Either way, during times of high stress, the bodies primary stress hormone, cortisol is released from the adrenal glands above the kidneys. This forms part of the “fight or flight response.”
In the context of weight change, what’s interesing is that cortisol can interact with aldosterone receptors of the kidney. Cortisol can bind to these receptors and mimic the effect of aldosterone, with one such effect being the retention of water.
This water retention will clearly affect scale weight, while having no indication of fat changes.
This is also the secret as to why low carb diets promote larger weight loss in the short term! Carbohydrate is stored in our muscles as glycogen. This is a primary fuel source for high-intensity exercise. However, for every gram of carbohydrate, 3g of water is also stored.
When you consider that the average storage capacity of glycogen is around 600g, this means 1800g is attached as water when stores are full. So, carbohydrate plus water in the body may total ~2.4 kg. This can be even higher with increased muscle mass. Practically, this means that day to day variation in carbohydrate intake can also cause changes to weight.
Salt in the diet is made from sodium and chloride. Sodium can bind to water in the body and has the potential to cause water retention. So, recent intakes of high salt sources such as processed food, salted snacks and table salt may be something to consider when contextualizing your weight.
While fibre is an important nutrient for health, undigested plant matter can sit in the intestines until excreted, which can add additional weight. Soluble fibre also draws water into the intestine, which again may cause weight changes. For this reason, combat sports athletes sometimes reduce fibre intake for a short period of 2-3 days in an attempt to reduce their weight temporarily. This highlights fibres relationship with the number you see on the scale and can also be considered as a factor influencing scale weight.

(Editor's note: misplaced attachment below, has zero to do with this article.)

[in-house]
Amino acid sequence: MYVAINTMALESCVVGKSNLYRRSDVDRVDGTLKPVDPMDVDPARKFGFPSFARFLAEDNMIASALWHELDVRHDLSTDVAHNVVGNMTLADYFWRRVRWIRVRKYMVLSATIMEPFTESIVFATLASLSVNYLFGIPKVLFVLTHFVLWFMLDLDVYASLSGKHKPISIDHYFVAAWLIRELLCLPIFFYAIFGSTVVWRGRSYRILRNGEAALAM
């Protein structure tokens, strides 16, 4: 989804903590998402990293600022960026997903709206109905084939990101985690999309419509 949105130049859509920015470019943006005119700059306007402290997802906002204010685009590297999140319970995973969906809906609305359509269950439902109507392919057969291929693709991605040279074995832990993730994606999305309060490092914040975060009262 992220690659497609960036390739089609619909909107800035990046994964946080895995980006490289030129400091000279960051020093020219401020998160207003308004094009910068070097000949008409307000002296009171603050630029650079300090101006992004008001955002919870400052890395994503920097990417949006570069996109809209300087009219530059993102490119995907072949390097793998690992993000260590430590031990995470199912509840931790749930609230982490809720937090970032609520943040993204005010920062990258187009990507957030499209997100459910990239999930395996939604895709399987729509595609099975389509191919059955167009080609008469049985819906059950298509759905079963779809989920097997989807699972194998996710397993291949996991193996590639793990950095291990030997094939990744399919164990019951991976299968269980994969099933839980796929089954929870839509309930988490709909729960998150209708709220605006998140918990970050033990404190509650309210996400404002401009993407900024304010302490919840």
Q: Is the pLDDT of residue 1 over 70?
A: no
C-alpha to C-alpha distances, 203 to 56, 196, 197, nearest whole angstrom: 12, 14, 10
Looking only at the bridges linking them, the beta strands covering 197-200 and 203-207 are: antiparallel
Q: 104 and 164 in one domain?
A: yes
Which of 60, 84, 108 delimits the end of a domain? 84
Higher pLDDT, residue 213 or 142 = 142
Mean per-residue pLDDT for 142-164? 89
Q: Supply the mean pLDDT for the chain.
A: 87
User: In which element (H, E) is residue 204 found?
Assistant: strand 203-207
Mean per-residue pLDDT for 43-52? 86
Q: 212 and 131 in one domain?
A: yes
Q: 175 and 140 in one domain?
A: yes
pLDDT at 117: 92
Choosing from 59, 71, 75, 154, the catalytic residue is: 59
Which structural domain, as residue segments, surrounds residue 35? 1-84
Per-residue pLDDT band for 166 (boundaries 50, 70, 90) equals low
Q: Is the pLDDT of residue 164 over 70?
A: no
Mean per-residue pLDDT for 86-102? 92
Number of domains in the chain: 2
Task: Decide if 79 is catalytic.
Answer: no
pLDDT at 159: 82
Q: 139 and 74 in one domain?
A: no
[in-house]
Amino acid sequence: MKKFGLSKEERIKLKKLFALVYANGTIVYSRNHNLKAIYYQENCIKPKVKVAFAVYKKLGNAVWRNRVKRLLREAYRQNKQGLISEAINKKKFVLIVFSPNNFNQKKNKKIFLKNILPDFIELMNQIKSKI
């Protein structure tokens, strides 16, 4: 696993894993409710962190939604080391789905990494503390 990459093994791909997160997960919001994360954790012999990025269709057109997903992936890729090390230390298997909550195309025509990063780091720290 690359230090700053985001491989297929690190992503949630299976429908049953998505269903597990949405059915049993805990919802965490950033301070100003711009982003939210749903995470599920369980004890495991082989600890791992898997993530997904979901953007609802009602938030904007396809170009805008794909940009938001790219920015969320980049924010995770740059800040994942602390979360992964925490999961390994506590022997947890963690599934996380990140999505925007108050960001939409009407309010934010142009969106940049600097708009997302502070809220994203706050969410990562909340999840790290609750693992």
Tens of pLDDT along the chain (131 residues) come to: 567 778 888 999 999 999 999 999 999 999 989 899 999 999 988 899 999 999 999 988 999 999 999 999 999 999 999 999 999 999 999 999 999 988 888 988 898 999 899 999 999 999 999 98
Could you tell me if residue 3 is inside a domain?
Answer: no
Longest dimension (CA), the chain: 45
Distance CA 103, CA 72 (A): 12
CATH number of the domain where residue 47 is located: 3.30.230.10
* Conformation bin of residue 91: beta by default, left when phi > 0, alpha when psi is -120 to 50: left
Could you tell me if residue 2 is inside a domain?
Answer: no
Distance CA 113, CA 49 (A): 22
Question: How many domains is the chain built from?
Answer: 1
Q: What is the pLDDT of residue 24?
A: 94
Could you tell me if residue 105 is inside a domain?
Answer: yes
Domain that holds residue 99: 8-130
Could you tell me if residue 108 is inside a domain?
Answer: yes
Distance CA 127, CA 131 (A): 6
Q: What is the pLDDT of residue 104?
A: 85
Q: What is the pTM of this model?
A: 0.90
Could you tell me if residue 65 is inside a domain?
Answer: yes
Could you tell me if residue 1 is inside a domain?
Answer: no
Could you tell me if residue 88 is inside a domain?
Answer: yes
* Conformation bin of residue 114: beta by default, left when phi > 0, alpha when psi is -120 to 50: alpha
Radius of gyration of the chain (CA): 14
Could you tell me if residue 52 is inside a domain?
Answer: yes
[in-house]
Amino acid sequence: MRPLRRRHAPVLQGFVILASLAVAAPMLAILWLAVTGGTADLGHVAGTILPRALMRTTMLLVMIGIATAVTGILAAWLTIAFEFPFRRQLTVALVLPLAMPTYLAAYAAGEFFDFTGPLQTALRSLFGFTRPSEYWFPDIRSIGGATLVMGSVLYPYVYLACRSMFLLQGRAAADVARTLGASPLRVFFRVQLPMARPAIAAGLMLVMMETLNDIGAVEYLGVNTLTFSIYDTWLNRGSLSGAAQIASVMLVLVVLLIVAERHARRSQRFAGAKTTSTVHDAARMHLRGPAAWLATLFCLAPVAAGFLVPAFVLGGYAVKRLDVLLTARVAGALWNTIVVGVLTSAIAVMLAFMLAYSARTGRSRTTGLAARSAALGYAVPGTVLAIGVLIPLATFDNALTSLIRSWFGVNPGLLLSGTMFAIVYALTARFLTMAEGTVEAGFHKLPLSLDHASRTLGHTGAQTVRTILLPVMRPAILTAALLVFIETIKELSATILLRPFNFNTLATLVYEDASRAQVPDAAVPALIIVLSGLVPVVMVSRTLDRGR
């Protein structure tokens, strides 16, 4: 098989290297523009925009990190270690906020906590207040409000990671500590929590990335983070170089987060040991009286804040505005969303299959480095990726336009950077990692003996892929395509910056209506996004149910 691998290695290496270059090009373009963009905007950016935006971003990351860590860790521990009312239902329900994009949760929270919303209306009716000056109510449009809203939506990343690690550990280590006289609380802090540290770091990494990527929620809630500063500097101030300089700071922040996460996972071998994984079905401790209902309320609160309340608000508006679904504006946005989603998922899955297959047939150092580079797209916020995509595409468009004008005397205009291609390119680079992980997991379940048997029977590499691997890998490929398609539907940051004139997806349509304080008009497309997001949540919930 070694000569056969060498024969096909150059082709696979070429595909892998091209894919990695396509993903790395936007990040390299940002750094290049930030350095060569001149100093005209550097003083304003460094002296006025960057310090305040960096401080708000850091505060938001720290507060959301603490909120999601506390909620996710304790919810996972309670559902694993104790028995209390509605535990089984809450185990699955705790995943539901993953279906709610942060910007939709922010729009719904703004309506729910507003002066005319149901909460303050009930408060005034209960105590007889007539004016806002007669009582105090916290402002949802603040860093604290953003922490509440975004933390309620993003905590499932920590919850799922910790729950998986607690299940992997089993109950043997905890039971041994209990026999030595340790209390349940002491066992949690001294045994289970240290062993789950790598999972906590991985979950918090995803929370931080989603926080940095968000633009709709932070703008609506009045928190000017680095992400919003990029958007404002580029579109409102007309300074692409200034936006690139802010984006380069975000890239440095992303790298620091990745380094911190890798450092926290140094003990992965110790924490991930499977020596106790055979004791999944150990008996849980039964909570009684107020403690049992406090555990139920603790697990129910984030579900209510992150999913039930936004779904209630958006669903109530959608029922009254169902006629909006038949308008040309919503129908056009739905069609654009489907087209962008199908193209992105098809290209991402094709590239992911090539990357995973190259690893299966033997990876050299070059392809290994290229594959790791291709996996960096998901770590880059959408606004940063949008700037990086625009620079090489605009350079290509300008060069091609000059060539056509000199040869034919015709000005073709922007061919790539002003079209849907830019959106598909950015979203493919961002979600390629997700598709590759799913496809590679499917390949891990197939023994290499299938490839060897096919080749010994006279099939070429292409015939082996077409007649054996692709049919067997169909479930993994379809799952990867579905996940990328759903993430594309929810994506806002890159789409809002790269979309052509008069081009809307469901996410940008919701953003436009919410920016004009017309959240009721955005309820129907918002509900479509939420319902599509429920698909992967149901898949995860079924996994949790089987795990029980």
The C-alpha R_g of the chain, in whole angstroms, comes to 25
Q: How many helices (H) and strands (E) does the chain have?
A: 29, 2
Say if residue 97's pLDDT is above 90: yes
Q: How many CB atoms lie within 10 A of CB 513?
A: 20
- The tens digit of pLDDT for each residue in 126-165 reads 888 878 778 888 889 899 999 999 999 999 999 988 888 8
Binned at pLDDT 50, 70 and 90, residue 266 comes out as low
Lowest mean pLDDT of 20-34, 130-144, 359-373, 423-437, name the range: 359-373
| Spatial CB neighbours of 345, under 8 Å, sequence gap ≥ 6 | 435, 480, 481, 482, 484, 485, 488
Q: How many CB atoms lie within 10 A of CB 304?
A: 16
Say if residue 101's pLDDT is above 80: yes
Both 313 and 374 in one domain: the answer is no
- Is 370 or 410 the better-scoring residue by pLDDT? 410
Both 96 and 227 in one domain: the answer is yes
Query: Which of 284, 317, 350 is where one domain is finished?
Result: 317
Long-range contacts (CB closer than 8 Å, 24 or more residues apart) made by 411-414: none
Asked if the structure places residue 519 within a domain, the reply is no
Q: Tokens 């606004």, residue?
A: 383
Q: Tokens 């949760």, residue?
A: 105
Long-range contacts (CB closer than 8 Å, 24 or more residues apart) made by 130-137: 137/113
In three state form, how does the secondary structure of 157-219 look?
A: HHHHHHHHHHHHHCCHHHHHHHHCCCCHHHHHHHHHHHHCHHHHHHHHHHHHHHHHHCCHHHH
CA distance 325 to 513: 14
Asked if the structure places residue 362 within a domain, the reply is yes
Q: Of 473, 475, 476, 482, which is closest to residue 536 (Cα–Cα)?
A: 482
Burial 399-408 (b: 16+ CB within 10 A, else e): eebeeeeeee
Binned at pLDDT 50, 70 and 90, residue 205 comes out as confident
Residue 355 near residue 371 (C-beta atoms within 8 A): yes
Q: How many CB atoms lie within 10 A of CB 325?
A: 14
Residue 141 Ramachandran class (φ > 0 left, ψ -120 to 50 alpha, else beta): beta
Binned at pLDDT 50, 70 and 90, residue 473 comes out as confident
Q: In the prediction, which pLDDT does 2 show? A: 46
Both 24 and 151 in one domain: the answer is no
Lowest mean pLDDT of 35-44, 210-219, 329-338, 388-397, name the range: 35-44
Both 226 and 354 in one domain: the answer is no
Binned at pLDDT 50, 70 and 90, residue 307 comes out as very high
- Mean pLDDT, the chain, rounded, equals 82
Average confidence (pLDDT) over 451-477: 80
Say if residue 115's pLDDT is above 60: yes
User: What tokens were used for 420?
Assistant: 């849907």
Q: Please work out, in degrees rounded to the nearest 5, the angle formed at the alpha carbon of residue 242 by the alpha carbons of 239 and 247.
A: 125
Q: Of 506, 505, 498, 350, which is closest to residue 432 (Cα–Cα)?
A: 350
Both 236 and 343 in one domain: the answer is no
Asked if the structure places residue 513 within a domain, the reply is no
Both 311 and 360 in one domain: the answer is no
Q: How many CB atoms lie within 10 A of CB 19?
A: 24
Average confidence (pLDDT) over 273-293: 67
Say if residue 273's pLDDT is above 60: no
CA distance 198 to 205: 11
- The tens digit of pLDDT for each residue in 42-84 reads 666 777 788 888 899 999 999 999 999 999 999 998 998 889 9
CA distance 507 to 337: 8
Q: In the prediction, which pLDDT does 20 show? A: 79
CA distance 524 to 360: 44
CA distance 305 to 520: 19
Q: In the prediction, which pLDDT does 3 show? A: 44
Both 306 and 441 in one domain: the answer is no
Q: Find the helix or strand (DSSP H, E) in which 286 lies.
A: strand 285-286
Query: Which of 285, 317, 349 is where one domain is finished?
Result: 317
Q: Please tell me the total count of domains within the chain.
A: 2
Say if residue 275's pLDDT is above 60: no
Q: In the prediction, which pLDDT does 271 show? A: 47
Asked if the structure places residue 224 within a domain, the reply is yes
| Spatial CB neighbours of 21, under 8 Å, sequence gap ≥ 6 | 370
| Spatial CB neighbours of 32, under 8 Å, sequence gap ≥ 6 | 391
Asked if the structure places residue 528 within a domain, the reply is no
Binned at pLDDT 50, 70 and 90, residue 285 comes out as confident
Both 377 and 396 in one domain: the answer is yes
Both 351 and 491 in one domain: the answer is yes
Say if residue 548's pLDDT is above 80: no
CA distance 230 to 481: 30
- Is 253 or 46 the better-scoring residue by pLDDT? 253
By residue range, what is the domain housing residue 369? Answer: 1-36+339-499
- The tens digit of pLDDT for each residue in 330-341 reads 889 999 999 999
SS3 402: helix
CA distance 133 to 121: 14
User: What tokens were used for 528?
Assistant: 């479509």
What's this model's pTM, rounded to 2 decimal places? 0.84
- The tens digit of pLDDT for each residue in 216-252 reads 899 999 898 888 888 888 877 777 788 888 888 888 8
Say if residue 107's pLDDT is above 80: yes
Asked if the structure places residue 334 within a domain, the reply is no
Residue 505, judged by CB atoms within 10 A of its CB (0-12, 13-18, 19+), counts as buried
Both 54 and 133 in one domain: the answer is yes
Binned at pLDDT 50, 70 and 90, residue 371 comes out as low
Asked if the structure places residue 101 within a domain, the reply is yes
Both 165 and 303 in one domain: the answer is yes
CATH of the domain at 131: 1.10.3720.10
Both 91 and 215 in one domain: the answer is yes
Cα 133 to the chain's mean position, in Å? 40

This will be no stranger to most gym goers. Creatine is one of the most popular and well-studied supplements on the market. But, a common side effect of creatine is intra-cellular water retention. This can be in the region of 1-2kg weight increase once creatine has saturated muscle. If you’re taking creatine during a dieting phase, it may, therefore, disrupt your weight data and should be a consideration.
While the capacity to form new muscle tissue may be reduced when you restrict energy intake, it is possible to occur. This is known as body recomposition. Increases in muscle mass are unlikely to entirely counterbalance weight loss due to the fact muscle gain is a slower process than fat loss. However, for some individuals, it potentially be a small influence.
This is a relatively simple one. It takes time for food to pass from one end of our gastrointestinal tract to the other. During this time, the food is in our system and will carry mass. Consuming heavier foods before stepping on the scale will affect the reading you get. The weight of the food you have eaten in the previous 24 hours may even affect weight if it hasn’t been passed yet.